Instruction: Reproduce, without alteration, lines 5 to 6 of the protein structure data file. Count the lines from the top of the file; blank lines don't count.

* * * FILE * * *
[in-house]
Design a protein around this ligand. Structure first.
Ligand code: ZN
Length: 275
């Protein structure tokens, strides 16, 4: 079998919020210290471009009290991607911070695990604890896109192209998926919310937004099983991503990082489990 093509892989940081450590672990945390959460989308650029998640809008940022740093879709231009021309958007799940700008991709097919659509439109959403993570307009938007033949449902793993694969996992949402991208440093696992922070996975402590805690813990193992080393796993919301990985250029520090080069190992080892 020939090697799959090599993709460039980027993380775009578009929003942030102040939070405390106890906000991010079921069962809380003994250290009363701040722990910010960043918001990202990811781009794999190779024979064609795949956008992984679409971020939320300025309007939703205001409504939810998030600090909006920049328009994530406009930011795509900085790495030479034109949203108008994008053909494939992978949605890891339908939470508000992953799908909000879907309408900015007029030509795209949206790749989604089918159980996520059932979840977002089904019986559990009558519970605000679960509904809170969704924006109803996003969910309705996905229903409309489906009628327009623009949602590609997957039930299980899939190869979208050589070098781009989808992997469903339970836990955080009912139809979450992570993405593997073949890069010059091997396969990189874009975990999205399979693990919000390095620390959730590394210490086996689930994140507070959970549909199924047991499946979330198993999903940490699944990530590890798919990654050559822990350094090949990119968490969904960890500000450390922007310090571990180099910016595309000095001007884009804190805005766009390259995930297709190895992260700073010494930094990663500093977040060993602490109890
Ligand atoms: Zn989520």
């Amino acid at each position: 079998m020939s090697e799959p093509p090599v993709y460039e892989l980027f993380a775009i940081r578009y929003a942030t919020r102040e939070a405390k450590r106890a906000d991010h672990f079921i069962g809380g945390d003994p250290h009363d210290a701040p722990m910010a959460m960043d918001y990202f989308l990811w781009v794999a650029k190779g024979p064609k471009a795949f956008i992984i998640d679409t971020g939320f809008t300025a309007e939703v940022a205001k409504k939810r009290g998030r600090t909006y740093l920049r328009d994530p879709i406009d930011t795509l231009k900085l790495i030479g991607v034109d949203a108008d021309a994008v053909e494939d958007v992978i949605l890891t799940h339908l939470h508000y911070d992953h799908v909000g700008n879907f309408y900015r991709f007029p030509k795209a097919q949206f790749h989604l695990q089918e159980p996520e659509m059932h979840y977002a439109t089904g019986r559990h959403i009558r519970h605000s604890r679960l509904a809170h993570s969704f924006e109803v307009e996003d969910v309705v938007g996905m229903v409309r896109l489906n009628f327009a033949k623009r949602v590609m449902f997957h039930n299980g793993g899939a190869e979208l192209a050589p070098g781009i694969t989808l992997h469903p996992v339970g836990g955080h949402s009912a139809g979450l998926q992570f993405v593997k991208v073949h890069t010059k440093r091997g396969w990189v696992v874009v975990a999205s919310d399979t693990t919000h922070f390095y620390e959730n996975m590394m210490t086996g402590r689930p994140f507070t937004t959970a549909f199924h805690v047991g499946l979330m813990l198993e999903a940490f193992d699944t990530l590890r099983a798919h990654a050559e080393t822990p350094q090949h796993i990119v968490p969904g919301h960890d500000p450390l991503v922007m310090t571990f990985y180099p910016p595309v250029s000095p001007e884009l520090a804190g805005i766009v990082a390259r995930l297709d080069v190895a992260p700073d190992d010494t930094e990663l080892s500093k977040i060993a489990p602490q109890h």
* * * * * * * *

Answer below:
């Protein structure tokens, strides 16, 4: 079998919020210290471009009290991607911070695990604890896109192209998926919310937004099983991503990082489990 093509892989940081450590672990945390959460989308650029998640809008940022740093879709231009021309958007799940700008991709097919659509439109959403993570307009938007033949449902793993694969996992949402991208440093696992922070996975402590805690813990193992080393796993919301990985250029520090080069190992080892 020939090697799959090599993709460039980027993380775009578009929003942030102040939070405390106890906000991010079921069962809380003994250290009363701040722990910010960043918001990202990811781009794999190779024979064609795949956008992984679409971020939320300025309007939703205001409504939810998030600090909006920049328009994530406009930011795509900085790495030479034109949203108008994008053909494939992978949605890891339908939470508000992953799908909000879907309408900015007029030509795209949206790749989604089918159980996520059932979840977002089904019986559990009558519970605000679960509904809170969704924006109803996003969910309705996905229903409309489906009628327009623009949602590609997957039930299980899939190869979208050589070098781009989808992997469903339970836990955080009912139809979450992570993405593997073949890069010059091997396969990189874009975990999205399979693990919000390095620390959730590394210490086996689930994140507070959970549909199924047991499946979330198993999903940490699944990530590890798919990654050559822990350094090949990119968490969904960890500000450390922007310090571990180099910016595309000095001007884009804190805005766009390259995930297709190895992260700073010494930094990663500093977040060993602490109890
Ligand atoms: Zn989520």